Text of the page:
Newly published post since the last meeting:

Since the last meeting, we published quite a list of articles, and we onboarded new writers and received support from more reviewers. Three first time writers with @meszarosrob, @jsnajdr and @beafialho Thank you! 🎉

Huge “Thank you” to the writers and reviewers for bringing fabulous content to WordPress!

Project Status

Ready to for publishing

Reviews needed

In Progress:

Post on the To-do-list, assigned to writers.

Topics still in need of a writer

If you are interested in taking on a topic from this list or know someone who would be a good person to writer about them, comment on the Issue or pingPing The act of sending a very small amount of data to an end point. Ping is used in computer science to illicit a response from a target server to test it’s connection. Ping is also a term used by Slack users to @ someone or send them a direct message (DM). Users might say something along the lines of “Ping me when the meeting starts.” @bph in slack either in the #core-dev-blog channel or in a DM.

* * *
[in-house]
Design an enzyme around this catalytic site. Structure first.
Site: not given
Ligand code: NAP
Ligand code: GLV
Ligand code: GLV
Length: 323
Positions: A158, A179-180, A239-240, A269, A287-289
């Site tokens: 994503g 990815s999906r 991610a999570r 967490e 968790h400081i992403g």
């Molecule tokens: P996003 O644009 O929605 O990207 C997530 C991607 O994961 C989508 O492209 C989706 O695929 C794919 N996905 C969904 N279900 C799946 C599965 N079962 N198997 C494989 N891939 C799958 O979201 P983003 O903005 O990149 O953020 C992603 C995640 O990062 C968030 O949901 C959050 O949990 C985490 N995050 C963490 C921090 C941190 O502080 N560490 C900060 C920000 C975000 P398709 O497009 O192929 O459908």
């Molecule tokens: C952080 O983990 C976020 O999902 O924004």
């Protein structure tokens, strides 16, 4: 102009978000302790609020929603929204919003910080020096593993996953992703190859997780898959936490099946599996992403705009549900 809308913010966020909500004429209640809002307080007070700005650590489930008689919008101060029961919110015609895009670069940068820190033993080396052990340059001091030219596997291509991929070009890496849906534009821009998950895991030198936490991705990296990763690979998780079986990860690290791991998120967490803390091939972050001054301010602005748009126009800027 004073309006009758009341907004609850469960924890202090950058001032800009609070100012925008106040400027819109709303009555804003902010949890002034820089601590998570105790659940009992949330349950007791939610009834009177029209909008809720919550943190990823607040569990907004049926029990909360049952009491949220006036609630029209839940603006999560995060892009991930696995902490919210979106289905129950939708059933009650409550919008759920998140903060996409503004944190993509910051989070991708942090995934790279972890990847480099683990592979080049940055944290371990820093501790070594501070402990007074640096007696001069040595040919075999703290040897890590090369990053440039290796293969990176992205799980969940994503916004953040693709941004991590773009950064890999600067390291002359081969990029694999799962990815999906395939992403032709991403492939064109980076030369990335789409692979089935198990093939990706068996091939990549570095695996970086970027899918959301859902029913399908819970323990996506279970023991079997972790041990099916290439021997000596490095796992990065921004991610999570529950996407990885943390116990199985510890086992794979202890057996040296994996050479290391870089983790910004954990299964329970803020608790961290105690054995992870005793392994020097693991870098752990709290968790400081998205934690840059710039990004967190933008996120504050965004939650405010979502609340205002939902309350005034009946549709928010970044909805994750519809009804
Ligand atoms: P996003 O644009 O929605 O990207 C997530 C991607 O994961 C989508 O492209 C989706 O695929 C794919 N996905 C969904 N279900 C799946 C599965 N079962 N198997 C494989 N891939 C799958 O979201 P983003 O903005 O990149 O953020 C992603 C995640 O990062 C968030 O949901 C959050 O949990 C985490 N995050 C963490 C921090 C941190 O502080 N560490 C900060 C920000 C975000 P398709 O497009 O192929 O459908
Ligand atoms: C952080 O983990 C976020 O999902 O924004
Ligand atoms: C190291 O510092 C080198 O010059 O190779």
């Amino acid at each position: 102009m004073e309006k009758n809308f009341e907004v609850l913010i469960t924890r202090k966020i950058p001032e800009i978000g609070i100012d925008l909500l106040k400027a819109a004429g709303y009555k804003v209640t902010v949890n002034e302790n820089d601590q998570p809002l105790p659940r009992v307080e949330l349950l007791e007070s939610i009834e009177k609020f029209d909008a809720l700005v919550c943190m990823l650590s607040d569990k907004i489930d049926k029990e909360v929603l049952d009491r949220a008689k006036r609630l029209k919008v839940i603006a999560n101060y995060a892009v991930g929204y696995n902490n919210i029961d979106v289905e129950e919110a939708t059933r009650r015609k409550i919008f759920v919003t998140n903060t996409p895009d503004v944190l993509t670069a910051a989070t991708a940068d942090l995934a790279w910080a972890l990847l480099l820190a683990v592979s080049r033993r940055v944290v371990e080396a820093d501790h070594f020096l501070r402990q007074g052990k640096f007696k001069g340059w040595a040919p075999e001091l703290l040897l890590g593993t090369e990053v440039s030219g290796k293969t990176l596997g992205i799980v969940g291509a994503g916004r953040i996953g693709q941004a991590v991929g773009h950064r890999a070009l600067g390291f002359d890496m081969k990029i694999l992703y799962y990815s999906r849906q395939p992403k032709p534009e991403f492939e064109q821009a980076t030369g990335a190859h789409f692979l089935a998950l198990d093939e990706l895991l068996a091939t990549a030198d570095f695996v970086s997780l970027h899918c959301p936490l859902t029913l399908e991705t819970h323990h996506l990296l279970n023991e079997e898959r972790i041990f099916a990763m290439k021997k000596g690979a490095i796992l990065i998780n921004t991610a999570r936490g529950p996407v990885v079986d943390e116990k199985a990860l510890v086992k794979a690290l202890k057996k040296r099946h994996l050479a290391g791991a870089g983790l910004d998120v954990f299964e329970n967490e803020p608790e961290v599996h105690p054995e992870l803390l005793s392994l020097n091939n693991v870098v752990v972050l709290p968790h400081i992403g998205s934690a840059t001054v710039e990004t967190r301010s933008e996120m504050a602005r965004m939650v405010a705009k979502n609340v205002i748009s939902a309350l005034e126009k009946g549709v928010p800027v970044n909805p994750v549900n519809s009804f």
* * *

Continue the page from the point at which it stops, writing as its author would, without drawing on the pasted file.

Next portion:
New Topics approved

@greenshady mentioned:

“There’s one other topic from last month that was not formally approved, @bph. I feel like with the additional info, we should probably take a look at it. (sorry for not bringing this up earlier): https://github.com/WordPress/developer-blog-content/discussions/230.”

There were no clear approval signals and seems the topic still needs clarification and will be revisited for next meeting.

Open Floor

Some clarification on the Playground articles/topics:

We originally had the topic approved:How to build a theme demo with WP Playground blueprints
Ronny took it on and wrote a fabulous Introduction/Overview of WordPress Playground. There was some discussion on how to proceed next. The consensus was that the Introduction post was a great post to have on the Developer Blog as each subsequent Playground tutorial could refer to it and doesn’t have to cover the basics anymore. Quite a few people from the Editorial group chimed in on the discussion and agreed to have it published. (note: the post is live now)